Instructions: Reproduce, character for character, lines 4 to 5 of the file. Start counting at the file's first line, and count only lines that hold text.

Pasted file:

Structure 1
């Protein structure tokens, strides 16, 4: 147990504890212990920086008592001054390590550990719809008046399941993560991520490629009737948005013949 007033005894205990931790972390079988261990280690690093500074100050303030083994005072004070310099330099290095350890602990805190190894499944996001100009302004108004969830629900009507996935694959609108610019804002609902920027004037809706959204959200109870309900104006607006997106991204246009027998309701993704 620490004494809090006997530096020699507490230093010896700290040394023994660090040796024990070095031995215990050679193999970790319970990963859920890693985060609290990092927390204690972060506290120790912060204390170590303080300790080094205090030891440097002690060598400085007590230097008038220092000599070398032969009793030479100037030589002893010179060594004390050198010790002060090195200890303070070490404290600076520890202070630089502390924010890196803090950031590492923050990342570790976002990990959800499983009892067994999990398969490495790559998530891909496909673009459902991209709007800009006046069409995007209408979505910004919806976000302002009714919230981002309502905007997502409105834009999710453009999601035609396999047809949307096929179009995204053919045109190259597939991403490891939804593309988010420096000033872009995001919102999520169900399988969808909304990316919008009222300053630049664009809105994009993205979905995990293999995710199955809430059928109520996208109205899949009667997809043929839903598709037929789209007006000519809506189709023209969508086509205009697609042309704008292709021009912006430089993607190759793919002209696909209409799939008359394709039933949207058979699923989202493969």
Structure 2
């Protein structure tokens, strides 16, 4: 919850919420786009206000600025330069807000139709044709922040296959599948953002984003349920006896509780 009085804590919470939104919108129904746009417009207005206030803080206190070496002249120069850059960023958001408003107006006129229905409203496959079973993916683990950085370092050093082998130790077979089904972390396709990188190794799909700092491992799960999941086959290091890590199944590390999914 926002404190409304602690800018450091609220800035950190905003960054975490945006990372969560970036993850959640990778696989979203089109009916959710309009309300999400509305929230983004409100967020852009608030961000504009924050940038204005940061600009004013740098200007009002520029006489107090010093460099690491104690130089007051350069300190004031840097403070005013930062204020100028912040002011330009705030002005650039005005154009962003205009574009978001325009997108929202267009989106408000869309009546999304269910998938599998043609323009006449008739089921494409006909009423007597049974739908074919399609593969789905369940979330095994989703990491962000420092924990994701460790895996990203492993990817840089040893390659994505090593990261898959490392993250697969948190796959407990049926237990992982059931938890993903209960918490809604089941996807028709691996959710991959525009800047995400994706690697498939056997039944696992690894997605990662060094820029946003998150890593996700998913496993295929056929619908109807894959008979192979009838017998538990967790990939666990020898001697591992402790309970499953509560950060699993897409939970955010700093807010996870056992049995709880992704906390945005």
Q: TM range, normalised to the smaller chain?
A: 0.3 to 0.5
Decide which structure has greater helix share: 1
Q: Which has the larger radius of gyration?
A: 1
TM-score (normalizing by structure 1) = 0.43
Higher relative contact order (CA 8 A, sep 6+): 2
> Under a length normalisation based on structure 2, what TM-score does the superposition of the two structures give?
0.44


């Protein structure tokens, strides 16, 4: 919850919420786009206000600025330069807000139709044709922040296959599948953002984003349920006896509780 009085804590919470939104919108129904746009417009207005206030803080206190070496002249120069850059960023958001408003107006006129229905409203496959079973993916683990950085370092050093082998130790077979089904972390396709990188190794799909700092491992799960999941086959290091890590199944590390999914 926002404190409304602690800018450091609220800035950190905003960054975490945006990372969560970036993850959640990778696989979203089109009916959710309009309300999400509305929230983004409100967020852009608030961000504009924050940038204005940061600009004013740098200007009002520029006489107090010093460099690491104690130089007051350069300190004031840097403070005013930062204020100028912040002011330009705030002005650039005005154009962003205009574009978001325009997108929202267009989106408000869309009546999304269910998938599998043609323009006449008739089921494409006909009423007597049974739908074919399609593969789905369940979330095994989703990491962000420092924990994701460790895996990203492993990817840089040893390659994505090593990261898959490392993250697969948190796959407990049926237990992982059931938890993903209960918490809604089941996807028709691996959710991959525009800047995400994706690697498939056997039944696992690894997605990662060094820029946003998150890593996700998913496993295929056929619908109807894959008979192979009838017998538990967790990939666990020898001697591992402790309970499953509560950060699993897409939970955010700093807010996870056992049995709880992704906390945005």
Q: TM range, normalised to the smaller chain?